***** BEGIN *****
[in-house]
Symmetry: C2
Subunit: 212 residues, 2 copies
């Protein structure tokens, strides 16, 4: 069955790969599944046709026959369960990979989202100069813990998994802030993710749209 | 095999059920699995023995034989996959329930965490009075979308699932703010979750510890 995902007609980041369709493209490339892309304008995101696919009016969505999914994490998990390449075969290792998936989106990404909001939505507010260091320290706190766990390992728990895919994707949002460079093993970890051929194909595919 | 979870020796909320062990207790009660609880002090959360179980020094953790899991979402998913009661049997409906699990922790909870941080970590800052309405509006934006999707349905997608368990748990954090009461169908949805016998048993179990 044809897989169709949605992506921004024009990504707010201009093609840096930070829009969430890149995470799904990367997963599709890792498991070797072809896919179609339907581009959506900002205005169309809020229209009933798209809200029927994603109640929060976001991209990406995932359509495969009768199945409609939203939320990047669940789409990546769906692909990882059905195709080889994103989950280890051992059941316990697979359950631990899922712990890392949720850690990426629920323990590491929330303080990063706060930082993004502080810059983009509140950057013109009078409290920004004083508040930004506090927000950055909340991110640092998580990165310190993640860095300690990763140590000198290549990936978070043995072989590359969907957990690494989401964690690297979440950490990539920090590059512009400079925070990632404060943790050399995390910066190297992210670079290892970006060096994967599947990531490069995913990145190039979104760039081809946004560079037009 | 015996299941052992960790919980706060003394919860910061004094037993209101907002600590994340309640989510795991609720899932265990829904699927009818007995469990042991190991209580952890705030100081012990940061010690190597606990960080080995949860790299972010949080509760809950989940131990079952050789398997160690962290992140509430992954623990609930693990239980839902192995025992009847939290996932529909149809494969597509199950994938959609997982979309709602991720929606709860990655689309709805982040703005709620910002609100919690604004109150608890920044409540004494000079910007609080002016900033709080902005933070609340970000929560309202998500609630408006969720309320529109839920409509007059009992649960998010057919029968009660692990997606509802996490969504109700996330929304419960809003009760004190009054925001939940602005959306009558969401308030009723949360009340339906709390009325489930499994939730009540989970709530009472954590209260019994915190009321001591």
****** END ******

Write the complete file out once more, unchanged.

[in-house]
Symmetry: C2
Subunit: 212 residues, 2 copies
């Protein structure tokens, strides 16, 4: 069955790969599944046709026959369960990979989202100069813990998994802030993710749209 | 095999059920699995023995034989996959329930965490009075979308699932703010979750510890 995902007609980041369709493209490339892309304008995101696919009016969505999914994490998990390449075969290792998936989106990404909001939505507010260091320290706190766990390992728990895919994707949002460079093993970890051929194909595919 | 979870020796909320062990207790009660609880002090959360179980020094953790899991979402998913009661049997409906699990922790909870941080970590800052309405509006934006999707349905997608368990748990954090009461169908949805016998048993179990 044809897989169709949605992506921004024009990504707010201009093609840096930070829009969430890149995470799904990367997963599709890792498991070797072809896919179609339907581009959506900002205005169309809020229209009933798209809200029927994603109640929060976001991209990406995932359509495969009768199945409609939203939320990047669940789409990546769906692909990882059905195709080889994103989950280890051992059941316990697979359950631990899922712990890392949720850690990426629920323990590491929330303080990063706060930082993004502080810059983009509140950057013109009078409290920004004083508040930004506090927000950055909340991110640092998580990165310190993640860095300690990763140590000198290549990936978070043995072989590359969907957990690494989401964690690297979440950490990539920090590059512009400079925070990632404060943790050399995390910066190297992210670079290892970006060096994967599947990531490069995913990145190039979104760039081809946004560079037009 | 015996299941052992960790919980706060003394919860910061004094037993209101907002600590994340309640989510795991609720899932265990829904699927009818007995469990042991190991209580952890705030100081012990940061010690190597606990960080080995949860790299972010949080509760809950989940131990079952050789398997160690962290992140509430992954623990609930693990239980839902192995025992009847939290996932529909149809494969597509199950994938959609997982979309709602991720929606709860990655689309709805982040703005709620910002609100919690604004109150608890920044409540004494000079910007609080002016900033709080902005933070609340970000929560309202998500609630408006969720309320529109839920409509007059009992649960998010057919029968009660692990997606509802996490969504109700996330929304419960809003009760004190009054925001939940602005959306009558969401308030009723949360009340339906709390009325489930499994939730009540989970709530009472954590209260019994915190009321001591």